Nichelle: There have been a lot of questions about the inclusion of mineral oil in your products because some people are convinced that mineral oil coats the hair and blocks moisture. And, some have even suggested that the manufacturers of various hair products, including yours, only include mineral oil because it is cheap and plentiful. Your thoughts?
Dickey: As we research more natural alternatives to mineral oil we use it based on its performance - period. Contrary to some negative backlash it has nothing, zero to do with Hair Rules trying to make a dollar on the consumer by using a cheap ingredient. It has nothing to do with cost - just performance - especially when your trying to appeal to a consumer that has historically had nothing but relaxers and grease marketed to her. We believe that developing product that enhances a woman's natural texture and helps her to believe that she is good enough the way god made her in all her natural beauty was more important - so why in hell would we try to pull the wool over the consumers eyes? Hair Rules lists all our ingredients in plain view for the consumer to see on our web site. Further more, there are some brands out their that have gone to great lengths to deceive by writing mineral oil in latin in ingredients listed or not putting ingredients at all. But the more people you try to reach and change the mindset, the negative stereotypes of what acceptable beauty, the more resistance you meet - ying and yang, haters - and that's fine. If you've got ten haters you need to find ten more cause 1000 listeners have had some aha moment on what the real truth is and truth leads to greatness, nothing else.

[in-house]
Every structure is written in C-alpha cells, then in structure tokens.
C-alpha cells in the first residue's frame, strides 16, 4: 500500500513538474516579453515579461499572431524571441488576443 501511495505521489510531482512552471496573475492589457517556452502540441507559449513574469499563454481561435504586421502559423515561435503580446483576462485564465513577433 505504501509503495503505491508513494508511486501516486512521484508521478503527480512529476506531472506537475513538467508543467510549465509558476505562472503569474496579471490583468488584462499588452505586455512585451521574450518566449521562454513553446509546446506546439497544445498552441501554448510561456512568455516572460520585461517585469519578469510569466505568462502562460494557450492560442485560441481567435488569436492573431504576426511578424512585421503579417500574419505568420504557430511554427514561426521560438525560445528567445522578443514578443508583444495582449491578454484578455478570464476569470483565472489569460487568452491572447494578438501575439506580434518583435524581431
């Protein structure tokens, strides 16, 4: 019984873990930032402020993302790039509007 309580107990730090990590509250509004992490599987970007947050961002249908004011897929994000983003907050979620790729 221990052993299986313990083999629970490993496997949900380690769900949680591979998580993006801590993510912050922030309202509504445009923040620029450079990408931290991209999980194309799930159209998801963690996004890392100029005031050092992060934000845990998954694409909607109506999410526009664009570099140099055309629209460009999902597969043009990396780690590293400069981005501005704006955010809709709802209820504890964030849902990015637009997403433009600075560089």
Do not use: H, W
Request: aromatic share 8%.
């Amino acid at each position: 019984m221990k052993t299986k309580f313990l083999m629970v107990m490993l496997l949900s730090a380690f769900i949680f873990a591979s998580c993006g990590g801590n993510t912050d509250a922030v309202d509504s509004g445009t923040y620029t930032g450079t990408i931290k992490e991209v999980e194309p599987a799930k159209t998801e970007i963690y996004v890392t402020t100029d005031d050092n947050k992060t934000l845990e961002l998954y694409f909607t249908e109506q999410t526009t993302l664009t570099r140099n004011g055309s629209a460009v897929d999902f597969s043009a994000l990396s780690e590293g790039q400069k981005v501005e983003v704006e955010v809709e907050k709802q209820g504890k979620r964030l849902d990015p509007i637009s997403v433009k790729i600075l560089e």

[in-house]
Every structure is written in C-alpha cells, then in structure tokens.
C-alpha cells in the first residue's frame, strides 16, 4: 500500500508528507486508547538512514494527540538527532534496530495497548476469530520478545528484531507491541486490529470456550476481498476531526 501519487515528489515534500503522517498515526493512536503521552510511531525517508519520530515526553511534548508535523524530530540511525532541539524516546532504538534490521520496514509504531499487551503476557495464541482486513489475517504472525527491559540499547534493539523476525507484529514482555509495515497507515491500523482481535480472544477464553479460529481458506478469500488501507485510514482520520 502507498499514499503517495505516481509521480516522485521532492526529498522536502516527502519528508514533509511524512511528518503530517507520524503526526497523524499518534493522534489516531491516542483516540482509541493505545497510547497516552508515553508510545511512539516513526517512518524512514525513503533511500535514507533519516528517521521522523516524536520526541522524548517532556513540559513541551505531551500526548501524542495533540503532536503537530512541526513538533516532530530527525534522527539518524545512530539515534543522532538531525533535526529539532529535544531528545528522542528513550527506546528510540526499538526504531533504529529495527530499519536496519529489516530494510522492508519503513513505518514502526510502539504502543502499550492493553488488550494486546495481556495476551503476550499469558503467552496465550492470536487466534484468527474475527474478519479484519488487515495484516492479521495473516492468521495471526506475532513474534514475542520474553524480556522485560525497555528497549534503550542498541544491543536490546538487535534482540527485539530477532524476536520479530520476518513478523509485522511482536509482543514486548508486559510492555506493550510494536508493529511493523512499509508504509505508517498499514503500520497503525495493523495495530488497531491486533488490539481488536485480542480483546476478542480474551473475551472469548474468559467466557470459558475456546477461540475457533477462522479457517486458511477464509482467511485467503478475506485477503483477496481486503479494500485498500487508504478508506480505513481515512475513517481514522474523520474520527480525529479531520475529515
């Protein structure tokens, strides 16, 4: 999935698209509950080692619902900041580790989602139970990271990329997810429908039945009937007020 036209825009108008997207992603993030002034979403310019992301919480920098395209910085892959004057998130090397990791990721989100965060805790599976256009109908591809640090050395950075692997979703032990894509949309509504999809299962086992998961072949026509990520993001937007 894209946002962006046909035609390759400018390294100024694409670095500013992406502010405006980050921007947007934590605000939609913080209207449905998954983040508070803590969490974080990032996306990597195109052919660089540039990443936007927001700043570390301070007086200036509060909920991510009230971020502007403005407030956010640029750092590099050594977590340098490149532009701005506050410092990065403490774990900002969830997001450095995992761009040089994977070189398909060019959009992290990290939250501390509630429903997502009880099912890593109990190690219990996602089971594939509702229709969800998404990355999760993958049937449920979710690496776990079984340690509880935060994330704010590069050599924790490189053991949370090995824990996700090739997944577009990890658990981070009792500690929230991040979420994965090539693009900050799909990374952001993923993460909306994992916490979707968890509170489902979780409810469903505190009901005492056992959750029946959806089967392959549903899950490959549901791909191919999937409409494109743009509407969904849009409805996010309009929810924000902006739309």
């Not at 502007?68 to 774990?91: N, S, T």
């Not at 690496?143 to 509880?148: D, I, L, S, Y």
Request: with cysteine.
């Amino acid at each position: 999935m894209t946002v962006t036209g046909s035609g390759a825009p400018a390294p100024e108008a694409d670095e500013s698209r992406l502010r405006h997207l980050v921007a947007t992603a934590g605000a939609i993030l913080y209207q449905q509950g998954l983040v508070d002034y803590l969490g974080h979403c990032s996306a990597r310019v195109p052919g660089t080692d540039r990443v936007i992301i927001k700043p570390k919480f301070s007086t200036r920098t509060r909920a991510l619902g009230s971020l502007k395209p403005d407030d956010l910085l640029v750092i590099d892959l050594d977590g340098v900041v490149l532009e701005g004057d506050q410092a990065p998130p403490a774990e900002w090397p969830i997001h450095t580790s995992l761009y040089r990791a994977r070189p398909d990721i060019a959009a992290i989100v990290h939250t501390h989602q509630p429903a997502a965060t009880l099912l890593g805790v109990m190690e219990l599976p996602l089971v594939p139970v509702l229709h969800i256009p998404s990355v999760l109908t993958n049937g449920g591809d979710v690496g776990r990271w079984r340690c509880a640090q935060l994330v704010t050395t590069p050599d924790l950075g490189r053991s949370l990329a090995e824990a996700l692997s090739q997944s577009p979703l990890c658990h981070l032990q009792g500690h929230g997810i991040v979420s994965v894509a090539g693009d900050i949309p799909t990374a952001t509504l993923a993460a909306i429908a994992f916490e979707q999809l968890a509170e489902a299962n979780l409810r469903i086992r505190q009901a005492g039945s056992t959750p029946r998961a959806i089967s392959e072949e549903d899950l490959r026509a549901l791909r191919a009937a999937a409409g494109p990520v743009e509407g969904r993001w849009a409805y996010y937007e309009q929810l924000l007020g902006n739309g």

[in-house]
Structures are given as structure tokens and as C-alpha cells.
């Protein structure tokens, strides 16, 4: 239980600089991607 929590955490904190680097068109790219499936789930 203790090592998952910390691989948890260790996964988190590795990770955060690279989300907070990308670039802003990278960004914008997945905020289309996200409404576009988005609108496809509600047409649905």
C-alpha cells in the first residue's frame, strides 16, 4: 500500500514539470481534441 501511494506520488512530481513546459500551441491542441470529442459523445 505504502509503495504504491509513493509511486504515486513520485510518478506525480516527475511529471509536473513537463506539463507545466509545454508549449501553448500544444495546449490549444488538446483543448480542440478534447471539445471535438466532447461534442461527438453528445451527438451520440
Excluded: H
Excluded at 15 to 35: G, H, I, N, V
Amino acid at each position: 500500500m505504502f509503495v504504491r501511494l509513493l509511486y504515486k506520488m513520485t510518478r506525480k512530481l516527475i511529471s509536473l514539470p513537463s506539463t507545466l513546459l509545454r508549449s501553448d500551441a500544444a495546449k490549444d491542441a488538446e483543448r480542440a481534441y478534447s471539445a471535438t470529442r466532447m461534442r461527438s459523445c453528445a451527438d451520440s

Nichelle: What would you recommend to a woman who would like to transition
from relaxed to natural hair?
Dickey: You have a lot of options with a transition. You can cut it off or you can leave it and get regular styles until the chemical grows out or you can get a weave in a curly or kinky texture that matches the texture of your hair. It's really up to you.
Nichelle: A reader had this question - "I have natural hair and would love some suggestions on some really good deep conditioners. My hair is super thick, dense and curly and it's still in the growing phase. I have no idea what I'll do once it starts to really grow out to ponytail length."
Dickey: Regular haircuts and condition, condition, condition to prevent it from tangling. Keep it elongated to prevent it from shrinking so it doesn't break. The only time you should comb your hair is when it is wet with conditioner it it.
Nichelle: A friend asked me a hair question recently and I wanted to get your take: "I washed my (relaxed) hair this morning and a big clump was in the drain. It has been shedding on and off for about two years and really thin in the back. I don't know what type it is - how do you know 4A, etc?" Any advice? It seems to be shedding from the root - it grows but the thickness is not there anymore and I hate to comb it because it just seems there are strands everywhere.
Nichelle: I know Hair Rules was designed with kinky, curly and wavy hair in mind, but what about relaxed hair? Can women with relaxed hair use your products?
Dickey: All the Hair Rules haircare is designed for all hair types as dry as these natural textures. Kinky, curly and wavy hair are as dry as relaxed or color treated hair so indulge and pamper your silkeners, texturizers, relaxers and colored hair people because the line is sulfate-free. There is no drying and the cleansing cream is great for keeping vibrancy in color-treated hair and maintaining shine in relaxed hair. Also, the Wavy Mousse is perfect for wraps and wet sets for light weight incredible shine with no build up or tacky feeling.